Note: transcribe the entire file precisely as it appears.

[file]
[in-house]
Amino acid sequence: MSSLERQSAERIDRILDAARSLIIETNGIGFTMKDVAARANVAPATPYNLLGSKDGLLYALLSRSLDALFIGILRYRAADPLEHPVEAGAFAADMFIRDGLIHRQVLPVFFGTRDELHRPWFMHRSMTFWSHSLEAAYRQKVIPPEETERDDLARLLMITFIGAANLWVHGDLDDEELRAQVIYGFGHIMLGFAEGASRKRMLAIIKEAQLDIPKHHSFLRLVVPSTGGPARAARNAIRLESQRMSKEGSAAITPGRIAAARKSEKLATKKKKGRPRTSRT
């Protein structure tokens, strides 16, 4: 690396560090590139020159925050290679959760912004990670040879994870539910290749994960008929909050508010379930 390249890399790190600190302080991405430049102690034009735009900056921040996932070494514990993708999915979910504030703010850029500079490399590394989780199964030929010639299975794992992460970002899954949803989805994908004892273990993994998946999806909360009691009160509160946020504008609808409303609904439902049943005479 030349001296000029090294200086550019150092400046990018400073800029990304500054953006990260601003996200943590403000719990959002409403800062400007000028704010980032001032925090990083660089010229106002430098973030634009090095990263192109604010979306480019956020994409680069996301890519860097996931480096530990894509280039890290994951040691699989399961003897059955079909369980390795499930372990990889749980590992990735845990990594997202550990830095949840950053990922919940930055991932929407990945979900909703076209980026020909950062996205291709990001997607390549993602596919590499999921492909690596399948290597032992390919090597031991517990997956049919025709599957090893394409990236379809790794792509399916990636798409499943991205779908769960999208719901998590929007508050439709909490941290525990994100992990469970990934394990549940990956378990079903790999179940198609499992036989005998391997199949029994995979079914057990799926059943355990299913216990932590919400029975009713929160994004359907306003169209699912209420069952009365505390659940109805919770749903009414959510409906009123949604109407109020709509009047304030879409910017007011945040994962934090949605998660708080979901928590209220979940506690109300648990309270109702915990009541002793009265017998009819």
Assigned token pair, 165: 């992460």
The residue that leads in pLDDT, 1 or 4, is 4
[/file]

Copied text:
[in-house]
Amino acid sequence: MSSLERQSAERIDRILDAARSLIIETNGIGFTMKDVAARANVAPATPYNLLGSKDGLLYALLSRSLDALFIGILRYRAADPLEHPVEAGAFAADMFIRDGLIHRQVLPVFFGTRDELHRPWFMHRSMTFWSHSLEAAYRQKVIPPEETERDDLARLLMITFIGAANLWVHGDLDDEELRAQVIYGFGHIMLGFAEGASRKRMLAIIKEAQLDIPKHHSFLRLVVPSTGGPARAARNAIRLESQRMSKEGSAAITPGRIAAARKSEKLATKKKKGRPRTSRT
């Protein structure tokens, strides 16, 4: 690396560090590139020159925050290679959760912004990670040879994870539910290749994960008929909050508010379930 390249890399790190600190302080991405430049102690034009735009900056921040996932070494514990993708999915979910504030703010850029500079490399590394989780199964030929010639299975794992992460970002899954949803989805994908004892273990993994998946999806909360009691009160509160946020504008609808409303609904439902049943005479 030349001296000029090294200086550019150092400046990018400073800029990304500054953006990260601003996200943590403000719990959002409403800062400007000028704010980032001032925090990083660089010229106002430098973030634009090095990263192109604010979306480019956020994409680069996301890519860097996931480096530990894509280039890290994951040691699989399961003897059955079909369980390795499930372990990889749980590992990735845990990594997202550990830095949840950053990922919940930055991932929407990945979900909703076209980026020909950062996205291709990001997607390549993602596919590499999921492909690596399948290597032992390919090597031991517990997956049919025709599957090893394409990236379809790794792509399916990636798409499943991205779908769960999208719901998590929007508050439709909490941290525990994100992990469970990934394990549940990956378990079903790999179940198609499992036989005998391997199949029994995979079914057990799926059943355990299913216990932590919400029975009713929160994004359907306003169209699912209420069952009365505390659940109805919770749903009414959510409906009123949604109407109020709509009047304030879409910017007011945040994962934090949605998660708080979901928590209220979940506690109300648990309270109702915990009541002793009265017998009819």
Assigned token pair, 165: 């992460």
The residue that leads in pLDDT, 1 or 4, is 4